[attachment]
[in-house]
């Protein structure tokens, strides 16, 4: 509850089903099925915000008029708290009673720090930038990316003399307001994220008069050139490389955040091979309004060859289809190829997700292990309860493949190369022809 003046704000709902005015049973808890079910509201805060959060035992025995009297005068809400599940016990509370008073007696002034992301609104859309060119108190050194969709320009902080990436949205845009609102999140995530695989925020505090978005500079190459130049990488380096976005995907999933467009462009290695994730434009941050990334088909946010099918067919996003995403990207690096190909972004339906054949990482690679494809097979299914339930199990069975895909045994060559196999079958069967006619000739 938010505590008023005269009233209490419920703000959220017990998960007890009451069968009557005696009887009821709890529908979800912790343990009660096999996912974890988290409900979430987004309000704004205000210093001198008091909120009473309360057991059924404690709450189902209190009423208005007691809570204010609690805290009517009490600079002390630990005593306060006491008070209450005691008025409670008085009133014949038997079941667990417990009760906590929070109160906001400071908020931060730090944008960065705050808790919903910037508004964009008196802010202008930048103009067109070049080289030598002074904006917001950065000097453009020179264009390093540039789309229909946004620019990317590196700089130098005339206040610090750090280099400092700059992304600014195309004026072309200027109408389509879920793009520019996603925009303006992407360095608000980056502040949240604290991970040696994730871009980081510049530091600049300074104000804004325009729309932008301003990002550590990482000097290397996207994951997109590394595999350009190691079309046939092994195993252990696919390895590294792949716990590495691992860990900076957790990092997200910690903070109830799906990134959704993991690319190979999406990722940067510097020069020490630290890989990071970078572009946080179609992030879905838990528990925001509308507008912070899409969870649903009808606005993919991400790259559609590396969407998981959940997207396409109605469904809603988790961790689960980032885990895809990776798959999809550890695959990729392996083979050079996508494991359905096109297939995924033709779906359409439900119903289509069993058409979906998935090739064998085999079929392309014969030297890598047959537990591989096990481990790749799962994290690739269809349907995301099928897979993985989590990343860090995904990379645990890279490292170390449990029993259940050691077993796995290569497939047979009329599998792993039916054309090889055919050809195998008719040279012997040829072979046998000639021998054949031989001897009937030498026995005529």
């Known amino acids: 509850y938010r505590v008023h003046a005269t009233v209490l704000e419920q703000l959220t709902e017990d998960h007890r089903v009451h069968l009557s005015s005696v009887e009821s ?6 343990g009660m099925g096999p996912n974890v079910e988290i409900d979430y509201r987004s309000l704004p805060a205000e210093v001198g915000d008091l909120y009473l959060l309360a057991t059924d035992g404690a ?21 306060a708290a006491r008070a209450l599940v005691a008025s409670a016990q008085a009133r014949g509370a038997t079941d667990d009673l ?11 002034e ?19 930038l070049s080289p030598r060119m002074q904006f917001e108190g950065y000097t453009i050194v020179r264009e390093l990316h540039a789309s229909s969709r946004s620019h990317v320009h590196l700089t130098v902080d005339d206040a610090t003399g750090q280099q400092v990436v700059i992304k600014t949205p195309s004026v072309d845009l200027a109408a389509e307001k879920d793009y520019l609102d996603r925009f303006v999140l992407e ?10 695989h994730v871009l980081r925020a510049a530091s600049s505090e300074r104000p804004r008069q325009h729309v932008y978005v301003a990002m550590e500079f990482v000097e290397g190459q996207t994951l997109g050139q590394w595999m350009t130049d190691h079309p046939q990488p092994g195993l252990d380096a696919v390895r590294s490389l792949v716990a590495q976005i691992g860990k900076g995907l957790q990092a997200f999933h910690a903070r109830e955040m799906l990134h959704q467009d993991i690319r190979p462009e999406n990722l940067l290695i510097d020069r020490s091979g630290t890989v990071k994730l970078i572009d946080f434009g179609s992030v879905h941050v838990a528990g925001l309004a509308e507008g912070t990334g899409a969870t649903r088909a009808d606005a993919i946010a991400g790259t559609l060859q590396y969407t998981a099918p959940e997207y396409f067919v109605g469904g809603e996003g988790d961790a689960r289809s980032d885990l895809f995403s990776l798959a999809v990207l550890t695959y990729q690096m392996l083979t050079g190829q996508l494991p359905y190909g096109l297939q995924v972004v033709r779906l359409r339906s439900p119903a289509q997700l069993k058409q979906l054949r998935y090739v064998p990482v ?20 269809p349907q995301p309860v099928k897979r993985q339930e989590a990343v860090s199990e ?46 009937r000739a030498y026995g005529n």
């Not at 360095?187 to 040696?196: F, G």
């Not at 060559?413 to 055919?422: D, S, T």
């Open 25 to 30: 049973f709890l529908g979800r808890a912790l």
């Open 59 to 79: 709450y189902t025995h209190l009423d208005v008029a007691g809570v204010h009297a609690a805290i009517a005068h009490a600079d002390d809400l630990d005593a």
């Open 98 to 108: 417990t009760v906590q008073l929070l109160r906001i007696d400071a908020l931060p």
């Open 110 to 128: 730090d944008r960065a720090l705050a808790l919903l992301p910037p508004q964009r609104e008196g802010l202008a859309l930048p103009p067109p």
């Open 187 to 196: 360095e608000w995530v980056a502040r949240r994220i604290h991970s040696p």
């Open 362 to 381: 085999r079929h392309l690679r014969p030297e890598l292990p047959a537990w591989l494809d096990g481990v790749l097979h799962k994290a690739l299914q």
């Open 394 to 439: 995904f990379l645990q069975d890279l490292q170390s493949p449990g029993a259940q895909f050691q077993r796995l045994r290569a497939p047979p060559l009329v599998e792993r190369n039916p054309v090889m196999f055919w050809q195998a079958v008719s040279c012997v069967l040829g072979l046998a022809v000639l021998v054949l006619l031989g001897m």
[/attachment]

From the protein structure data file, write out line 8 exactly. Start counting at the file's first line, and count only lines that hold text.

């Open 98 to 108: 417990t009760v906590q008073l929070l109160r906001i007696d400071a908020l931060p």